Last Thursday, Toby Brewer, a Junior Economics student at Texas A&M, got out of bed early to fulfill his civic duty and cast his vote. After waiting in line and completing his ballot, he placed his “I voted” sticker on his backpack and went on his way. This morning, however, he received a letter in the mail informing him that his vote would not be counted due to a lack of any proof on social media.
“Everyone knows that we have a responsibility as Americans to research the candidates, cast our vote, and post about it on social media so that all of our friends can see how patriotic we are,” said Brewer. “I realize that I let my country down by forgetting this vital last step in the voting process.”
Brewer’s peers were appalled when they learned that he had gone through the long, tedious process of voting without bragging to a single friend about how political he was.
“I don’t know how he was expecting for his vote to be acknowledged when he left absolutely no evidence of it on social media,” said Jessica Merkel, a friend of Brewer’s and avid political activist since last Tuesday. “There was no self-righteous Facebook post shaming his friends for not voting. No selfie of him with his ‘I voted’ sticker. Not even a SnapChat story that said ‘#America’. I have to wonder why he bothered voting at all.”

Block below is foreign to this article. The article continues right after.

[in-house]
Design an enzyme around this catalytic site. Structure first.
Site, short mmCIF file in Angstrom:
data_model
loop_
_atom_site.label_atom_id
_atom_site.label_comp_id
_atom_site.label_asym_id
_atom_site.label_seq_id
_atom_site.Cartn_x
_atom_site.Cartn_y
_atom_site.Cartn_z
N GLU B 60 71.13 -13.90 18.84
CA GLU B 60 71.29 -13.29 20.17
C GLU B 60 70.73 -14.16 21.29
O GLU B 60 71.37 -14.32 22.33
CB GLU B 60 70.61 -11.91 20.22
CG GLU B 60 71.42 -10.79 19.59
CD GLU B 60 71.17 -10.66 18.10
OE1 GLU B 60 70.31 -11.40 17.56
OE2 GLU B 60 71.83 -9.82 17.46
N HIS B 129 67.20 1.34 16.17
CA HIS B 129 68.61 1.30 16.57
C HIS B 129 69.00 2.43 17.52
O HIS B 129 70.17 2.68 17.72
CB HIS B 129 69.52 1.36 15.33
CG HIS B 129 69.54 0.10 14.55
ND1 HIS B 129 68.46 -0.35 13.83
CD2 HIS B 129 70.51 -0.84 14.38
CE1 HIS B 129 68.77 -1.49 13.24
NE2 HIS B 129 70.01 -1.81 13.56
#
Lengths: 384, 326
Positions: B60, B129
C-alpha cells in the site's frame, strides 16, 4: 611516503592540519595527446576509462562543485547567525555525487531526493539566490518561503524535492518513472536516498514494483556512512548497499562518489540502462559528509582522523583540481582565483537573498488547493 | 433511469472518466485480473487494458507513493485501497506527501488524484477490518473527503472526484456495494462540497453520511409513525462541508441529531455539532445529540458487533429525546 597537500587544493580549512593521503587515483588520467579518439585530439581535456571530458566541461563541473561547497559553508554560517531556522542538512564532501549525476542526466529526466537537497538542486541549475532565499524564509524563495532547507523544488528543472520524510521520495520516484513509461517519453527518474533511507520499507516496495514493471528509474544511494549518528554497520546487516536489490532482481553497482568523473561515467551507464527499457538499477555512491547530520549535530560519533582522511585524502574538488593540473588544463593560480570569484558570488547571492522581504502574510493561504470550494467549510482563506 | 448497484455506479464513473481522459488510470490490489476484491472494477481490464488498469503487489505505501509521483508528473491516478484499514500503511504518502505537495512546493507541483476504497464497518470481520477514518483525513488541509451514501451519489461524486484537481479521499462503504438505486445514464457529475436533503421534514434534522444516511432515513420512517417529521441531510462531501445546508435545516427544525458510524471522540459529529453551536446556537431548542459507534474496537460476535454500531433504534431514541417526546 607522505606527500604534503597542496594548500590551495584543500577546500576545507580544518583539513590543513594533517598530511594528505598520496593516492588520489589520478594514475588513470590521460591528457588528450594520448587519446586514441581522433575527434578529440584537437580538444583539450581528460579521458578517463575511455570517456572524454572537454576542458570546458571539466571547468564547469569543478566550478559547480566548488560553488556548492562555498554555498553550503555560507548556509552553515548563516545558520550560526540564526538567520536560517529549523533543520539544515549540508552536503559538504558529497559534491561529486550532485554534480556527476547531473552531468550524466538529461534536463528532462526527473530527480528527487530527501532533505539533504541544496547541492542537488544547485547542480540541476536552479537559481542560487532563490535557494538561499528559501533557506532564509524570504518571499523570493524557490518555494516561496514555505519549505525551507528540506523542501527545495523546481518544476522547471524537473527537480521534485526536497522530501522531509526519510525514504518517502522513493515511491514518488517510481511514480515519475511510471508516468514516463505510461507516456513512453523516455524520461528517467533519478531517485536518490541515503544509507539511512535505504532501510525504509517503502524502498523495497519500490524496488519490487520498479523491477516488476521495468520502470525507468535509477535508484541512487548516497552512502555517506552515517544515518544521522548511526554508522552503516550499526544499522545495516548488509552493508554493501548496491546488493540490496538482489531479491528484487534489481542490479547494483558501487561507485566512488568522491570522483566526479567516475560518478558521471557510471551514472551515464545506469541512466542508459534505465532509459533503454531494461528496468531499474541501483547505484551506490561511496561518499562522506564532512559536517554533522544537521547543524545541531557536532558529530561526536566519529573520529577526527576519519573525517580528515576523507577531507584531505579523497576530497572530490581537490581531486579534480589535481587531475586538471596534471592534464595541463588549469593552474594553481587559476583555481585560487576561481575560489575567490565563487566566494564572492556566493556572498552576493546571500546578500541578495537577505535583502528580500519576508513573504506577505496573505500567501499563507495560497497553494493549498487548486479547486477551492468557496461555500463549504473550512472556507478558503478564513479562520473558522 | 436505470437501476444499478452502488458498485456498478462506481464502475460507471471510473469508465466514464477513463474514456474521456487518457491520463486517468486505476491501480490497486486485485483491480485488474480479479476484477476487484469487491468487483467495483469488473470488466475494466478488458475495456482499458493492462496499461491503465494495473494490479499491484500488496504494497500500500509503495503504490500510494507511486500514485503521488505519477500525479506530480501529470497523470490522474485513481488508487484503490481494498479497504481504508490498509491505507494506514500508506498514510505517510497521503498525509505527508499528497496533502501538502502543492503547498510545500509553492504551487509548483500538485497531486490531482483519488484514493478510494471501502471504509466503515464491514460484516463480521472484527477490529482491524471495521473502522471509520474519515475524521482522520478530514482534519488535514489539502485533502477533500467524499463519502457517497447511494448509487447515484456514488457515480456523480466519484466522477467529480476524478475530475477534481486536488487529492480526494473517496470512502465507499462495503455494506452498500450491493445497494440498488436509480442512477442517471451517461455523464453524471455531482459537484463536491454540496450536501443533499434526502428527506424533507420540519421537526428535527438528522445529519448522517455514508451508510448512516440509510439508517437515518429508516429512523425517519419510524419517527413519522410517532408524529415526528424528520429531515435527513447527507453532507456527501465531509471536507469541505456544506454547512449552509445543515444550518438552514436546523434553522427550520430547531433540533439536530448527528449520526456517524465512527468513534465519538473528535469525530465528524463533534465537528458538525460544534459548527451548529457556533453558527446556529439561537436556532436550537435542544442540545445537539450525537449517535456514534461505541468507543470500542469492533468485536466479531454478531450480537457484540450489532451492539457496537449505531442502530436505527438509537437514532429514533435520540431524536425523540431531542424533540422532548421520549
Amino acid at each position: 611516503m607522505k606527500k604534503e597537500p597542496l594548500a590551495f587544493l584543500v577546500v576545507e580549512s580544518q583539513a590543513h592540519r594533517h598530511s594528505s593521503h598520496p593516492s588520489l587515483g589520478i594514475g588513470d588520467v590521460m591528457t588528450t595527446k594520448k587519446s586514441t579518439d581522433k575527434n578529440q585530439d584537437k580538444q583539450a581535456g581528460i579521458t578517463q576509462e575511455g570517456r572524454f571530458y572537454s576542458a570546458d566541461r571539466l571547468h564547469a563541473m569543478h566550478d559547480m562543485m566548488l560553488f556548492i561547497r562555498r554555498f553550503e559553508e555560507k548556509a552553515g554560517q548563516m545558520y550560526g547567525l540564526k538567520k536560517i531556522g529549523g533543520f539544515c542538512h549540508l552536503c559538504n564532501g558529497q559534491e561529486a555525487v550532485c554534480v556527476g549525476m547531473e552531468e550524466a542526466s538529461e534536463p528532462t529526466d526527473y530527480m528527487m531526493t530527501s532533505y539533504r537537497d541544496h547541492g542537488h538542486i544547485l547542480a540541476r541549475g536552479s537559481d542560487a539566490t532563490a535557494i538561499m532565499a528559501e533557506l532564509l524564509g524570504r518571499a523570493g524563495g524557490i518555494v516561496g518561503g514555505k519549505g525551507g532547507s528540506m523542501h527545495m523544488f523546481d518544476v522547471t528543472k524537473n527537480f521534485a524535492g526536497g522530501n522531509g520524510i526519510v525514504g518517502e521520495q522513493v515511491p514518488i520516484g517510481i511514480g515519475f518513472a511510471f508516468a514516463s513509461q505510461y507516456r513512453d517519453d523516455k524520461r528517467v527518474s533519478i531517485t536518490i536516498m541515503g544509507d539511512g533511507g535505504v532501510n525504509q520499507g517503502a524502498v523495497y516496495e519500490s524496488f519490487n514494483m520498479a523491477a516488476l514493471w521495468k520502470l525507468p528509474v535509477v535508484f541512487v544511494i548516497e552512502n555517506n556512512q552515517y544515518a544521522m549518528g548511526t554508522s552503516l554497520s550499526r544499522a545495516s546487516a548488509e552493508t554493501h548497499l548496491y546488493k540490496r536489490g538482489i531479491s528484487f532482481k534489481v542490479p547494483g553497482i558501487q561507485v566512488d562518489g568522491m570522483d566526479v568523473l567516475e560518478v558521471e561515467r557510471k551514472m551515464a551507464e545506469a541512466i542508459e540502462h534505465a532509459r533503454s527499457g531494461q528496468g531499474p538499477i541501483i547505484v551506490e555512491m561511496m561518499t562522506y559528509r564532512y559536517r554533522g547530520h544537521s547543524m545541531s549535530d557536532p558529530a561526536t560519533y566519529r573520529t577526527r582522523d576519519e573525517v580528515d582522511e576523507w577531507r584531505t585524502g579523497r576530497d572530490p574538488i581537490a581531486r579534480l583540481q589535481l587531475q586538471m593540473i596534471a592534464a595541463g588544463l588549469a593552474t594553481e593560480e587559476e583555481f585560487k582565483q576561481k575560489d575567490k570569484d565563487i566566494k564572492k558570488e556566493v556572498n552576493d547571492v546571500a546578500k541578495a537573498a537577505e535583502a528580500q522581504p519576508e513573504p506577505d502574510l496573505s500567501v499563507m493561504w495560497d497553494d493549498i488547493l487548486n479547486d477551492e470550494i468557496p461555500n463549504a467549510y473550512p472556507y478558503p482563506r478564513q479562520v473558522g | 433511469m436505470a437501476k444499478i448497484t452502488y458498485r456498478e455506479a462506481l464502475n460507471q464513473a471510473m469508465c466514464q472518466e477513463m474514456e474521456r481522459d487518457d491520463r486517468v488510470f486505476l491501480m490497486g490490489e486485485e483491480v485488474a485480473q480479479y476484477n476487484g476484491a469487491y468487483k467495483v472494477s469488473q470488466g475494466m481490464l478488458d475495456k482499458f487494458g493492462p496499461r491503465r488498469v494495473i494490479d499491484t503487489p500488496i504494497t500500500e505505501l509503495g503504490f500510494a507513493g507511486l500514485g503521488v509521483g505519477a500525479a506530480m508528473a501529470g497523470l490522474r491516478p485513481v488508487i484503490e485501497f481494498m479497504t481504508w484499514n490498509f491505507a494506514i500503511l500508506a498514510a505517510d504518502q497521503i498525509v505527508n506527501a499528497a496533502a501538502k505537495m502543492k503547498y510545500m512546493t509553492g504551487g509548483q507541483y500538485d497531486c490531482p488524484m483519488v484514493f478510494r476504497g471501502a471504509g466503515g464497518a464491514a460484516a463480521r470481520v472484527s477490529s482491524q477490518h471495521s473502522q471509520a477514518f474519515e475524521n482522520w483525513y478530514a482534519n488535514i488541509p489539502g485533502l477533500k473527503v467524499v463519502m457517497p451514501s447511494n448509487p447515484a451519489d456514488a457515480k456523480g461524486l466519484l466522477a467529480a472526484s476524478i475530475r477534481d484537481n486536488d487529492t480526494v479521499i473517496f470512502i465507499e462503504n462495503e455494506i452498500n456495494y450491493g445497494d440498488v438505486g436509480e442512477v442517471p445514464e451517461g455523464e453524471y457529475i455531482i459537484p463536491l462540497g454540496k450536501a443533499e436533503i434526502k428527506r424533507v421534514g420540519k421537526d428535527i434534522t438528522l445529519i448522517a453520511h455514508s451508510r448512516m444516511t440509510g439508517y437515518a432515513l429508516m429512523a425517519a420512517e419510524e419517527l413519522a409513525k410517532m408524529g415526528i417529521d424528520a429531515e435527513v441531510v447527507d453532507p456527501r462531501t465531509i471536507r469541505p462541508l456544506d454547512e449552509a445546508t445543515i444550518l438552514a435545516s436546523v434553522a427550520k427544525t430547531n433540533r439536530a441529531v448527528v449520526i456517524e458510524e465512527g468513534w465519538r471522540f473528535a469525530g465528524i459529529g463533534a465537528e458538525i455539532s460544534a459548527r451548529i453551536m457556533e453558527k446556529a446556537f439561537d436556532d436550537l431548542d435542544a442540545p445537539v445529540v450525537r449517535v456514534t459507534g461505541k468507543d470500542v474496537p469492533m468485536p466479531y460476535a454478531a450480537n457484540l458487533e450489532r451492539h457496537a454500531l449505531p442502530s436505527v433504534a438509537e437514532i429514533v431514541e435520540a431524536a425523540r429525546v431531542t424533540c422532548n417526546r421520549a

Dr. Garrett Mann, professor of political science at Texas A&M, reminded students that any form of social media will do, so long as enough people see the post.
“The social media post is arguably the most important part of the voting process,” said Mann. “Without it, you’re missing out on that feeling of superiority over your non-registered friends, and you might as well not have voted.”
Brewer expressed his disappointment that his vote would no longer be counted towards his preferred presidential candidate or “all those other people on the ballot who I have never heard of.”
—Teenage Music Gig ‘Em Turtles